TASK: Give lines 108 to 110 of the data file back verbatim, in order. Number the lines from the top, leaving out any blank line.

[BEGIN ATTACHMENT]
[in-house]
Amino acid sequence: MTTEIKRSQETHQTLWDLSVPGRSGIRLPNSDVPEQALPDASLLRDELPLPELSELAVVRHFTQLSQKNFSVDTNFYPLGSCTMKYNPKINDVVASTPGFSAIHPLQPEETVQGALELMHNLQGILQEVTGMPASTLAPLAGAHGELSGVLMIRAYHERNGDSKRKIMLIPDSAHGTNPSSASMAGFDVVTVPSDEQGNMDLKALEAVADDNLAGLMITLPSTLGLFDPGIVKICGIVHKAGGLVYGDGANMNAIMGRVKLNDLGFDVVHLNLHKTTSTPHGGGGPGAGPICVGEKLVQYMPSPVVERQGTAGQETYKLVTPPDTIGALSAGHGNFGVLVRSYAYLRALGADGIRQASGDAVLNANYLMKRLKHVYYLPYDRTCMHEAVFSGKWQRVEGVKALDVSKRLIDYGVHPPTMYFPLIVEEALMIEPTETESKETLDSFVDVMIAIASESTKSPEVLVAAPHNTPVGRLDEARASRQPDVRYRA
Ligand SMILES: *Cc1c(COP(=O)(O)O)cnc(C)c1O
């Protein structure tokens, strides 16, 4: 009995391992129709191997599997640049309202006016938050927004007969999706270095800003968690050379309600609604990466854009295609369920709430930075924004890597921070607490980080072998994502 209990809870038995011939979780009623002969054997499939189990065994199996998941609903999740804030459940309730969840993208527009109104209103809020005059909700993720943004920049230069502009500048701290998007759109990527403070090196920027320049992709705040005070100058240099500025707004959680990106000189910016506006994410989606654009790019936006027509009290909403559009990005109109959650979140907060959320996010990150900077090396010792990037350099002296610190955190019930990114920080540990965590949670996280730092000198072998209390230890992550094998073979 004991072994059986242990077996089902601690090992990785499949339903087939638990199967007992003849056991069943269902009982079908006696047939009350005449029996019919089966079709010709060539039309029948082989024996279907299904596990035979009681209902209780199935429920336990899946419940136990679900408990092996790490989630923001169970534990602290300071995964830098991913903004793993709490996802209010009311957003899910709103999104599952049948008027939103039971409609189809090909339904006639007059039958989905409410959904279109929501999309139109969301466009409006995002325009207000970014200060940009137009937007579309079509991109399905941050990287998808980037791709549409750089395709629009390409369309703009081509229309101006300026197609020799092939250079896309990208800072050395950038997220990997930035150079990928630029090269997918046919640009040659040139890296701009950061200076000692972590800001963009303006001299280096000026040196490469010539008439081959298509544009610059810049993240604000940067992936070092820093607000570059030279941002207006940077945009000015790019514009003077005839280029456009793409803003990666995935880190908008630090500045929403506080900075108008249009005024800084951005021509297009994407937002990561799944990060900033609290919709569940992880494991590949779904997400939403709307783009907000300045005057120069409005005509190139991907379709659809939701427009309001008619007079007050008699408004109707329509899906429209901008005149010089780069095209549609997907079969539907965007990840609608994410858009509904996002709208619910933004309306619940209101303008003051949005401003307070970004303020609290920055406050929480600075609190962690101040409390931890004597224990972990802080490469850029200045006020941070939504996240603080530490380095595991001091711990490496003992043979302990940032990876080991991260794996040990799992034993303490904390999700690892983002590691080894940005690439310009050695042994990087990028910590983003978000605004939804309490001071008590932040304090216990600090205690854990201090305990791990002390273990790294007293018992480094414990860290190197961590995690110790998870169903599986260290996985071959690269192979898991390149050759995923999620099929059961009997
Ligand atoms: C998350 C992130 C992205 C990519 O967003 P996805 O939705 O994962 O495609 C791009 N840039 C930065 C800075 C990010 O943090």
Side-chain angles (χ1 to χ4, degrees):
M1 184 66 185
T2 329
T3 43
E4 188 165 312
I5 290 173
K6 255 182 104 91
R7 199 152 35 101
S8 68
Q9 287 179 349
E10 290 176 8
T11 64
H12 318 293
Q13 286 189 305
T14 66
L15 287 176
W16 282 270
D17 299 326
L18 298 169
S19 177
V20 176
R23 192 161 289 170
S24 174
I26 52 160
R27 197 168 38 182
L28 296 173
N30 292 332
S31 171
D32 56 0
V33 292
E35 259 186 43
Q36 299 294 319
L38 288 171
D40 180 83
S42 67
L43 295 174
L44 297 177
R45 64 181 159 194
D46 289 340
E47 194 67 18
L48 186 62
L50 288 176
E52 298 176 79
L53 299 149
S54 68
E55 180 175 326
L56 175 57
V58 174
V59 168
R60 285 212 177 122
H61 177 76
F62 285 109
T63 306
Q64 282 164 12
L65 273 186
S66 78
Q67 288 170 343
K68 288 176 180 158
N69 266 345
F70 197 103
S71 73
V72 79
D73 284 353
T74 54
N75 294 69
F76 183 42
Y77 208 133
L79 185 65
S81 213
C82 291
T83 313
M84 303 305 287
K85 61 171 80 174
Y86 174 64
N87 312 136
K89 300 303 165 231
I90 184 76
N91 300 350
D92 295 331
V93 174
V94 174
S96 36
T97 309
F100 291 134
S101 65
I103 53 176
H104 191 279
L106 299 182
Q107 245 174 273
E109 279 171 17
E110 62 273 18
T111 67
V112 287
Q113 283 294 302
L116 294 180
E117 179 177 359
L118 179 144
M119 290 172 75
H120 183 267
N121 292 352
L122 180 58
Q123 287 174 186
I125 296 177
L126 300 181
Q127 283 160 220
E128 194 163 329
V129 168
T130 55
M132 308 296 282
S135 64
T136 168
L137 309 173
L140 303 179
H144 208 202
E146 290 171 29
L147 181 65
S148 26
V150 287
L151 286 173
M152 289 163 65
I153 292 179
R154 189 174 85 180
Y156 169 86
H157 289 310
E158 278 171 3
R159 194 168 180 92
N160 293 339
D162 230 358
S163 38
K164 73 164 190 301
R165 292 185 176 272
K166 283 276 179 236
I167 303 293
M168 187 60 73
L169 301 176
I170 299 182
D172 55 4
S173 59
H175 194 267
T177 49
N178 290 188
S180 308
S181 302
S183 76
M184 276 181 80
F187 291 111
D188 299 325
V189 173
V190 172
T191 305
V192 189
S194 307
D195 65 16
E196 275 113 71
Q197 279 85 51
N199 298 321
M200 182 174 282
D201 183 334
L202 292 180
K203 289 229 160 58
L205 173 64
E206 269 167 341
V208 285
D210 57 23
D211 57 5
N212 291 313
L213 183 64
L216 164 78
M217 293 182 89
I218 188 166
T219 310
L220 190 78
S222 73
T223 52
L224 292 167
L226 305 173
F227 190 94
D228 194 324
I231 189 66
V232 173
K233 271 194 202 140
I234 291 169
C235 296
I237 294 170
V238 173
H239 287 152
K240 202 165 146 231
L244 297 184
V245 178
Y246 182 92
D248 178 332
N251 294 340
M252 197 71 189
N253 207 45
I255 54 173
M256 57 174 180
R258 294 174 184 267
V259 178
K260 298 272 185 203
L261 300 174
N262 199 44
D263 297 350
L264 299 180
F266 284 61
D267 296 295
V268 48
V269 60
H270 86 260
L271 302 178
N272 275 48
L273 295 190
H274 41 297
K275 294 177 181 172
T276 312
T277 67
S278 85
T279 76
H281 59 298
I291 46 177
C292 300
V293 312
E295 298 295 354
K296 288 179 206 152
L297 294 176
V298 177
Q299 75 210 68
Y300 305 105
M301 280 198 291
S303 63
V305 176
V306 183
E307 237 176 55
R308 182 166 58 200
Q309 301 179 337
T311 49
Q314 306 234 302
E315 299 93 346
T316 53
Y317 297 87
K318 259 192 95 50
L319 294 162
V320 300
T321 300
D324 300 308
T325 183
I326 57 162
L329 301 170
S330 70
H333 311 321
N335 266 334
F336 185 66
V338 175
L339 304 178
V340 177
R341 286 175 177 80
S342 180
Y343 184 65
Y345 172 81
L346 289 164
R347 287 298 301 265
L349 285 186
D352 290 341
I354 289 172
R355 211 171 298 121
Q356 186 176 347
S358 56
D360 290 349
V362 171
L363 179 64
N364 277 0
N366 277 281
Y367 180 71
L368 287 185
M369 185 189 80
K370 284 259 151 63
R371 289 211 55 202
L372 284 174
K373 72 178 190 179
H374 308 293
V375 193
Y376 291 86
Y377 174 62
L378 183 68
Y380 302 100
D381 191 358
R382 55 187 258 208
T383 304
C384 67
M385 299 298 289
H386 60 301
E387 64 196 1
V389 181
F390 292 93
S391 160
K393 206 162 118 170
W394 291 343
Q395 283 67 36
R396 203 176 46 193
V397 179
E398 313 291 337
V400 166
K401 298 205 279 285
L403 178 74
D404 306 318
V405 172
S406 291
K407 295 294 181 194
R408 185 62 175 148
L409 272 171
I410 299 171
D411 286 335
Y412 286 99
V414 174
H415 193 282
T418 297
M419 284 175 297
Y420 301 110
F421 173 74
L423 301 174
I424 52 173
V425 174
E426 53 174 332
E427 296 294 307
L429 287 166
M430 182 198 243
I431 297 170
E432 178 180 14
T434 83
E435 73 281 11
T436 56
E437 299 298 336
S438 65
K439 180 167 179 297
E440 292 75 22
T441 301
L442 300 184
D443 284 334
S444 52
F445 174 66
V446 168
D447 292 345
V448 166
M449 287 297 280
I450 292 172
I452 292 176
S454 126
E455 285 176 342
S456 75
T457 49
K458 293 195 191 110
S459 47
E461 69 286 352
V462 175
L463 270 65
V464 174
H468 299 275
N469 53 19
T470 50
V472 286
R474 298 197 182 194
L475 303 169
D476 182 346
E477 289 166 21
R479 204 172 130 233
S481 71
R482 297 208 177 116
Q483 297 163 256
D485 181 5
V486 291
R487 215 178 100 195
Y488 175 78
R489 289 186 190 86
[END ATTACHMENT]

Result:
I125 296 177
L126 300 181
Q127 283 160 220